Pol Roger White Foil is okay (if a bit short and malic last time I drank it) – Roederer, Taitt and Laurent-Perrier all out drink it.

    [minirant] I get all antsy when people keep saying areas like Chablis or […]Montrachet and grapes like Albarino or Sauvignon are good. I don’t think it’s really helpful advice to give to somebody starting off. There is a lot of good, and frankly shit, Chablis out there and so on – a village or grape on its own means nothing. Whitout realising that you could be put off a whole commune and within it some excellent wine by one or two bad examples from poor producers.

    You’ll get more reliable hits from producer recommendations (and although I know there’s variability here too, it’s a better place to start). [/minirant]

    Ahem, all in my opinion – obviously… 😉

    EDIT: I sound a bit of an arse there. If you like Nyetimber then great (or Pol for that matter). It’s all about opinions…

    Unless you ride a Marin. I which case you’re just wrong.

    Premier Icon chakaping
    Subscriber

    I get all antsy when people keep saying areas like Chablis or […]Montrachet and grapes like Albarino or Sauvignon are good.

    You’re right, but sort of missing the point that the OP asked for some broad pointers.

    Perhaps it would be better to recommend him specific wines, especially if he told us which shops he could get to?

    Joxster
    Member

    I lived just outside Dijon for four years and the gave me an appreciation for fine wines. My wallet is a lot lighter than before 😥

    0303062650
    Member

    If I may intrude in this conversation of quality wines, I signed up to Nakedwines, and the bottles I drank were pretty good, certainly a lot better than the “top shelf in tesco’s” offerings, with all these forums posts, I wondered why nakedwines were not mentioned…

    I have the wine delivered to my friends photography studio, so don’t have any details of grape/bottle/producer etc – a red called Lula was pretty nice, if a little thin.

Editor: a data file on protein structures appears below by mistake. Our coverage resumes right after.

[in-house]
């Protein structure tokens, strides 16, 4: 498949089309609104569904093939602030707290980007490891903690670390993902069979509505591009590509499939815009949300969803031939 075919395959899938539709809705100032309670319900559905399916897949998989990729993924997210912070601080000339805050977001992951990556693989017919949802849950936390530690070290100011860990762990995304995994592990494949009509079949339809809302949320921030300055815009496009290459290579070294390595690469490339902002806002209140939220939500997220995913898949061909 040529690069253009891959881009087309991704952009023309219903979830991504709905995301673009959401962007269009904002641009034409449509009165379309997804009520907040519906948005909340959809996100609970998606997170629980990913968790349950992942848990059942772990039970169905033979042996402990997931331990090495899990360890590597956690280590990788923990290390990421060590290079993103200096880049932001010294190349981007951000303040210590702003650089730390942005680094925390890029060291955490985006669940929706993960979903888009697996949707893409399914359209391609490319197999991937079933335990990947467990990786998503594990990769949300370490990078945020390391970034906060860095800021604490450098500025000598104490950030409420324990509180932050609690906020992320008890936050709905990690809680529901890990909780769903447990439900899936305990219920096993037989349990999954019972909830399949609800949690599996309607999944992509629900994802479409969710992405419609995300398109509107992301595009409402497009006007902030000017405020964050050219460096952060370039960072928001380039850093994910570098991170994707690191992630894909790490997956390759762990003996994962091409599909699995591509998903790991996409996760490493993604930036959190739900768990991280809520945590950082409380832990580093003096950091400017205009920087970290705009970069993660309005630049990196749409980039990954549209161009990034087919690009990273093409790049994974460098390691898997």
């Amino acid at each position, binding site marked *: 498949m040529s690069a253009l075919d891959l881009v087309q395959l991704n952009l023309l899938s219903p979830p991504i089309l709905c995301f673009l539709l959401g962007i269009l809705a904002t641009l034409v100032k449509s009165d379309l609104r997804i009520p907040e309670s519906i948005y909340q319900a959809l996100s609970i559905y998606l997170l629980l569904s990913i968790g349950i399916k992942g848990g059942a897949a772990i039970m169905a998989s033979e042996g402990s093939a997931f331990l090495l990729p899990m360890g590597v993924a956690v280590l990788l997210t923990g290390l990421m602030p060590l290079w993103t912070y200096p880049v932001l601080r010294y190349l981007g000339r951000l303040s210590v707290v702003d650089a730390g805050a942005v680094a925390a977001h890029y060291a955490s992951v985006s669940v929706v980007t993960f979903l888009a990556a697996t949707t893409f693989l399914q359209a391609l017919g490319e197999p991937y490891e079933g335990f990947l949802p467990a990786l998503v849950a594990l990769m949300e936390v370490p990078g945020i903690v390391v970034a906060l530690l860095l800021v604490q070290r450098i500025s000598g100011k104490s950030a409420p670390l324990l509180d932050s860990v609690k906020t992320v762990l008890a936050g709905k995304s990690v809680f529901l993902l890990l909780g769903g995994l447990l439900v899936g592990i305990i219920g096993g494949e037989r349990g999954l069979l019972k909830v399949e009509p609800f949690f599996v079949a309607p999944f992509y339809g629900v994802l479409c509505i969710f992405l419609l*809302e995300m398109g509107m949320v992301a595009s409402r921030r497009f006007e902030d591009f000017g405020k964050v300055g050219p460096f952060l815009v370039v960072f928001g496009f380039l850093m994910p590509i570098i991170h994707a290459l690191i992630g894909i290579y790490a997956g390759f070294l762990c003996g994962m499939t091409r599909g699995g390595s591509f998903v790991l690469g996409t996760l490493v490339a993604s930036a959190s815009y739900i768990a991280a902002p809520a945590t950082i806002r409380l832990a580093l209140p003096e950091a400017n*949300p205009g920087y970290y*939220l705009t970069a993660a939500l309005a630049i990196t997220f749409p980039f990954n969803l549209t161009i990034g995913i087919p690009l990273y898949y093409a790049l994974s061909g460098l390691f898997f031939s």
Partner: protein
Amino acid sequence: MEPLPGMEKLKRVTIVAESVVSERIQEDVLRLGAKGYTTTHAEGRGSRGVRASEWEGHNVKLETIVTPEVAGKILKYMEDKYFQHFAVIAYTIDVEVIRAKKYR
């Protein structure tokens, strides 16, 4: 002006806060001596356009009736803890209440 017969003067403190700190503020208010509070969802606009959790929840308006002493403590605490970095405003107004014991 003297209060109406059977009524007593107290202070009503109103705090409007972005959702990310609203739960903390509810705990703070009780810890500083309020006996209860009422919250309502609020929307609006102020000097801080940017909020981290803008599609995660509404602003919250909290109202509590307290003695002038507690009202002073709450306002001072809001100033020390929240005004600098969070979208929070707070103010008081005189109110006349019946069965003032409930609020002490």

Thank’s to all for the advice on producer/grape/geographical etc etc, most appreciated 😉

    jt

    Premier Icon iamtheresurrection
    Subscriber

    You’re right, but sort of missing the point that the OP asked for some broad pointers.

    I know where you’re coming from, but saying something completely general like try chardonnay, viognier, Sancerre, Loire etc is about as useful as saying, ‘try anything, some is good, some is not’. It doesn’t exactly narrow it down so I’m not sure it serves any purpose.

    A good mate of mine hated Sancerre because all she ever bought was the ropey co-operative juice with a fancy label, which was only ever bought when it was on offer in Tesco. She was adamant that she didn’t like Sancerre because of it so I took round some Henri Bourgeois ‘Etienne Henri’, about as different as you can imagine (oak fermented). She hated that as well (!) but would never have believed it was from Sancerre… Completely different beast.

    As some have done, I think it’s more helpful to suggest a producer as a starting point. Although I still think a mixed case from Oddbins or good local wine shop could be a better place to start.

    Premier Icon Sandwich
    Subscriber

    To clarify number 1 or 2 Voignier are good. Younger is better with this variety as it loses something with age (not so bright).

    Premier Icon doug_basqueMTB.com
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    Txakoli. Fantastic stuff! Very dry and refreshing after a hot day on the bike.